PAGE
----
MedicalResearch.com Interview with:
Sílvia Mamede, MD, PhD
Institute of Medical Education Research Rotterdam
Rotterdam, The Netherlands
MedicalResearch.com: What is the background for this study? What are the main findings?
Dr. Mamede: Doctors are often engaged in clinical encounters that are emotionally charged. Patients who feel anxious about their problems often respond emotionally in their interaction with their doctors. Most of these encounters fall within the limits of what is to be expected in clinical practice, but some patients behave in ways that make the doctor-patient interaction particularly distressing. Aggressive or disrespectful patients, frequent demanders, patients who don’t trust their doctors’ competence or ever-helpless patients are known, in the medical literature, as “difficult patients”. Doctors have reported to encounter these so-called “difficult patients” in around 15% of the outpatient consultations. As it might be expected, these patients’ behaviors provoke emotional reactions in doctors. The potential negative effect of these reactions on the doctor’s diagnostic accuracy has long been discussed in the medical literature. However, there was no empirical evidence that this happened. We conducted two studies to fill this gap.
In the two studies, doctors diagnosed clinical cases that were exactly the same except for the patient’s behaviors. In the first study, we used complex and simple cases. Even though the cases were the same, doctors made 42% more mistakes in disruptive than in non-disruptive patients when the cases were complex, and 6% more mistakes when the cases were simple. In the second study, we used cases deemed to be at an intermediate level of complexity. Doctors made 20% more mistakes in difficult compared to neutral patients. These findings show that disruptive behaviors displayed by patients seem to affect doctors’ reasoning and induce them to make diagnostic errors. The findings of our second study suggest that disruptive behaviors “capture” the doctor’s attention at the expense of attention for the clinically relevant information. We came to this conclusion because when asked to recall the information from a case afterwards, doctors who were confronted with a difficult patient remember more information about the patient’s behaviors and less information of the clinically relevant symptoms than doctors confronted with the natural version of the same patient. Recall of information is considered a measure of the amount of attention given to such information.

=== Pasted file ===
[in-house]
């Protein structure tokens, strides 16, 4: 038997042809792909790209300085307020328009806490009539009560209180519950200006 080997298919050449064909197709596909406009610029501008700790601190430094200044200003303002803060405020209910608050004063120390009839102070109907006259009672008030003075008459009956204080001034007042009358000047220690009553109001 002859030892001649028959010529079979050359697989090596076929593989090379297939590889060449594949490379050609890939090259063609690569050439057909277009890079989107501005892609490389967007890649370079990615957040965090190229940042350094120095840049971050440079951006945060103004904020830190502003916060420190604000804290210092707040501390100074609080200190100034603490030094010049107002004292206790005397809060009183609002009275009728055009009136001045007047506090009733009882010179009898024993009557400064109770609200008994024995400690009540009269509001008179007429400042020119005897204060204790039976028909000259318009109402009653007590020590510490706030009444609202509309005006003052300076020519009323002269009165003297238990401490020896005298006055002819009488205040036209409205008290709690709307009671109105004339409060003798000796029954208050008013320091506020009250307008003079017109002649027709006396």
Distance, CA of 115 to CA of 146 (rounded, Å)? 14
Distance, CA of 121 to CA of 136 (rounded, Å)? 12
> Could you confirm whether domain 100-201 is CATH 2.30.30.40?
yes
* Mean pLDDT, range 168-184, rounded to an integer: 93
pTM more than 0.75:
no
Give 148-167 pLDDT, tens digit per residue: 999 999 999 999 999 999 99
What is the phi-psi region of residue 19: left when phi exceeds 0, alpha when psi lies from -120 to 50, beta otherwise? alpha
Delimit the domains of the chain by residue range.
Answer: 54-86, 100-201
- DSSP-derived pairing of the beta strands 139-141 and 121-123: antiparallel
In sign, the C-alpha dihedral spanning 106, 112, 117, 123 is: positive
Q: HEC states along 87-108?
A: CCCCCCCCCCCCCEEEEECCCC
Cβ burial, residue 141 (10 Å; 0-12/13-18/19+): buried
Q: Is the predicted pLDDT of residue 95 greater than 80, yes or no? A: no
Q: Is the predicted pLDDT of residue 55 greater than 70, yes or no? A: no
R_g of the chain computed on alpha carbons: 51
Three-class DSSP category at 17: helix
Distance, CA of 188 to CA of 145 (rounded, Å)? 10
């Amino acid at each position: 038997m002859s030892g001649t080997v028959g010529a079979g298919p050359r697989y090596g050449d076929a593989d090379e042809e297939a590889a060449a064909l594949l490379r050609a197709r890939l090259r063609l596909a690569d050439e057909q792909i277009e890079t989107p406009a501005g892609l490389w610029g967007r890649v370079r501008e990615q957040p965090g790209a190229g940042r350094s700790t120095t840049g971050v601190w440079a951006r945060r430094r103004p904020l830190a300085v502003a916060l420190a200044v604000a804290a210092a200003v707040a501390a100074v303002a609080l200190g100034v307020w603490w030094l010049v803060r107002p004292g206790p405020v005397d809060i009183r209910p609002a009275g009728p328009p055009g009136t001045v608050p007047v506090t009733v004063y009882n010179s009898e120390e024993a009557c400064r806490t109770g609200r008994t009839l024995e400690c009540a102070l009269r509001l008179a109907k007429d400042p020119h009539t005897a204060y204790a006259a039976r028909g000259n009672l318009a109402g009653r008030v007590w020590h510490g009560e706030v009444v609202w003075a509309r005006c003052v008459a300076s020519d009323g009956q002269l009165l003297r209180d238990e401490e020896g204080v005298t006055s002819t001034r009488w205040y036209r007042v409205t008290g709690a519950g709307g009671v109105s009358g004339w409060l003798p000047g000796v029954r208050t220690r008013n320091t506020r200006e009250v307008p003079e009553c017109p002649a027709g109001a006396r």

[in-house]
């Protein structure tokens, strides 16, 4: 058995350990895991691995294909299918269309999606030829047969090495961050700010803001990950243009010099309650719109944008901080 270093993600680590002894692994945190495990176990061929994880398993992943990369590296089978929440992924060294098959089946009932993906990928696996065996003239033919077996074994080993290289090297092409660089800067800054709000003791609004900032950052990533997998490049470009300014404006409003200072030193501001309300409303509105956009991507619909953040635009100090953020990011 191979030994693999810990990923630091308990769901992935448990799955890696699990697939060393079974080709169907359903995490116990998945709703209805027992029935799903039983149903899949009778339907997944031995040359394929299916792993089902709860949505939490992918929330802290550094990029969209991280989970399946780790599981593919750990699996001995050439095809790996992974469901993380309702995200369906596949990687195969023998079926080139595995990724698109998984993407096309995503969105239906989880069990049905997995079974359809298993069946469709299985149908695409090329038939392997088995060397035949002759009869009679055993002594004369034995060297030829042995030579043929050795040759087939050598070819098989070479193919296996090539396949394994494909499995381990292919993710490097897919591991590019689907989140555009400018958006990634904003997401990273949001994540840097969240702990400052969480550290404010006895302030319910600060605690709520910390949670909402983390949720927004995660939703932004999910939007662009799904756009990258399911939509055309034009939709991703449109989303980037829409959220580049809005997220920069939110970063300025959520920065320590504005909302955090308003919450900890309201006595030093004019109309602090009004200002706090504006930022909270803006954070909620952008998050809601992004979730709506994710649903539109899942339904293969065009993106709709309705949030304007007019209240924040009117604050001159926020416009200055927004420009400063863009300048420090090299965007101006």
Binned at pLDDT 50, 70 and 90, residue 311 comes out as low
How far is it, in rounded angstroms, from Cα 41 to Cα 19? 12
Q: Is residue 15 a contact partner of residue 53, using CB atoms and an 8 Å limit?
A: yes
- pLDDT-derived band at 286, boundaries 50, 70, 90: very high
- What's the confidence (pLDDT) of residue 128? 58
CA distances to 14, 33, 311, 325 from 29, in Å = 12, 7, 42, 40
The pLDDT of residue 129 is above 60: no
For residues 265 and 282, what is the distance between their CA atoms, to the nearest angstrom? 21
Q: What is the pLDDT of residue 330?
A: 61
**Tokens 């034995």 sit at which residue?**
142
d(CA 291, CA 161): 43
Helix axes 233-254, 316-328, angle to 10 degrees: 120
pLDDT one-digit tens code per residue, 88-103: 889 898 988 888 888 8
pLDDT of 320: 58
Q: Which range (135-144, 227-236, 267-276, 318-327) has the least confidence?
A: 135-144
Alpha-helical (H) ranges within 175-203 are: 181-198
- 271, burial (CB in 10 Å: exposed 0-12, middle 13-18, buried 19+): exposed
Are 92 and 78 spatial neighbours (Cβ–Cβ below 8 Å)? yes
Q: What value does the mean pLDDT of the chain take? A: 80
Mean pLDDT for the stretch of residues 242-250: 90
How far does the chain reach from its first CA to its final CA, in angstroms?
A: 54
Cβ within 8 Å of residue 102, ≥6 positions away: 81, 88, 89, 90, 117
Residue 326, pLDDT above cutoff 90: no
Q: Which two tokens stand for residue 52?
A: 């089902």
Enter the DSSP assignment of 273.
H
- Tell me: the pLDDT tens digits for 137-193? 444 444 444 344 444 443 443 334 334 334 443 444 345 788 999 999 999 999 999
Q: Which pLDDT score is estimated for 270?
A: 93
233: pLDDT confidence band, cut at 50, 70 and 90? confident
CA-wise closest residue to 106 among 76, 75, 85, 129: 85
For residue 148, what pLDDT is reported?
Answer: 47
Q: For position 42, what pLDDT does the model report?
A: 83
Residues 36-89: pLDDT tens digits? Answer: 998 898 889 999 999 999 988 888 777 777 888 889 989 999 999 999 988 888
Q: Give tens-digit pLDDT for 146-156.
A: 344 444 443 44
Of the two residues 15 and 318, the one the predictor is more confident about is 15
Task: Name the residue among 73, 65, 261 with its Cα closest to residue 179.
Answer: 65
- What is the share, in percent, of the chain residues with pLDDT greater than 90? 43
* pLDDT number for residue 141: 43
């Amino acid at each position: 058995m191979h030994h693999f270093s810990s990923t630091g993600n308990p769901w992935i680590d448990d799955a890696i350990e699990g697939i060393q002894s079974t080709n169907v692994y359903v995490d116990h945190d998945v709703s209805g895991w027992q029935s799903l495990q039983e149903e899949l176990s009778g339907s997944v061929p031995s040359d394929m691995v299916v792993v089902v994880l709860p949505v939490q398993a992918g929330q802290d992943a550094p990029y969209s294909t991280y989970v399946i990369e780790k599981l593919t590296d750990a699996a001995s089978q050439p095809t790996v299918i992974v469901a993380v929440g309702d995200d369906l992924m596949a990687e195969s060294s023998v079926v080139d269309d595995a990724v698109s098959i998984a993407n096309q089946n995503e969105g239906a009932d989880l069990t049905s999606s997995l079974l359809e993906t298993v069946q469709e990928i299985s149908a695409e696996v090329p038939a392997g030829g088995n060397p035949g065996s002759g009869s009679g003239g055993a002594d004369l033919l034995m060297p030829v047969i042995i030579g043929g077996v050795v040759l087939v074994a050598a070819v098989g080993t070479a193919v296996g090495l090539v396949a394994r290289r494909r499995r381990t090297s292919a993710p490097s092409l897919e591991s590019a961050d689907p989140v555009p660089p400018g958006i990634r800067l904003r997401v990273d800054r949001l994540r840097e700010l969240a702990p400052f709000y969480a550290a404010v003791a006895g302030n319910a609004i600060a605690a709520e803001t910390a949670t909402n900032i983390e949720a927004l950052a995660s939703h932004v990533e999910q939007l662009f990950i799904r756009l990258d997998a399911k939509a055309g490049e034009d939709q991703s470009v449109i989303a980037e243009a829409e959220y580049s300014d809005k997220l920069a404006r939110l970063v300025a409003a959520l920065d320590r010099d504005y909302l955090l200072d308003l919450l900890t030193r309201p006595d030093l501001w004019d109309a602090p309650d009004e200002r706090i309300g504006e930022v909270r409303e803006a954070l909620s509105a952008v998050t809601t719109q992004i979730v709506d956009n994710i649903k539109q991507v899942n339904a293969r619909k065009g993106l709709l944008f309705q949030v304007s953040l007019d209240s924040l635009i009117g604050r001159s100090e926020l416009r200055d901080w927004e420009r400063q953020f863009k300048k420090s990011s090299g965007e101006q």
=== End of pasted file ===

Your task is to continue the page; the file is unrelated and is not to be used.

MedicalResearch.com: What should clinicians and patients take away from your report?
Dr. Mamede: Physicians and patients should be aware that physicians, as anybody else, have emotions that can interfere with thinking. Since the response of physicians to disruptive behaviors is partially unconscious, it is not enough to simply be aware of the potentially negative effects of disruptive patients to avoid them. They may be trained, however, to deal with difficult patients. Our findings are particularly relevant for medical education: prospective physicians should be trained to deal with these disruptive behaviors explicitly and effectively: An aggressive patient can be calmed; a patient who displays lack of trust in his doctor can be referred to another doctor. Patients should be aware that it is also their responsibility to ensure that the clinical encounter occurs in a climate of trust and mutual respect. This is a precondition for accurate diagnosis and treatment and, if it does not exist, the patient may suffer as our research indicates.
MedicalResearch.com: What recommendations do you have for future research as a result of this study?
Dr. Mamede: The influence of affective factors on physicians’ clinical reasoning and diagnostic performance has been largely neglected in research on diagnostic errors. Our studies show that such influence may be more relevant than usually considered. We hope they open the door for further exploring this issue.
MedicalResearch.com: Thank you for your contribution to the MedicalResearch.com community.
Do patients’ disruptive behaviours influence the accuracy of a doctor’s diagnosis? A randomised experiment
H G Schmidt, Tamara van Gog, Stephanie CE Schuit, Kees Van den Berge,Paul LA Van Daele, Herman Bueving, Tim Van der Zee, Walter W Van den Broek,Jan LCM Van Saase, Sílvia Mamede
BMJ Qual Saf bmjqs-2015-004109Published Online First: 7 March 2016 doi:10.1136/bmjqs-2015-004109
Note: Content is Not intended as medical advice. Please consult your health care provider regarding your specific medical condition and questions.
Note: Content is Not intended as medical advice. Please consult your health care provider
Dr. Sílvia Mamede (2016). Doctors Make More Mistakes When Patients Are Difficult or Disruptive MedicalResearch.com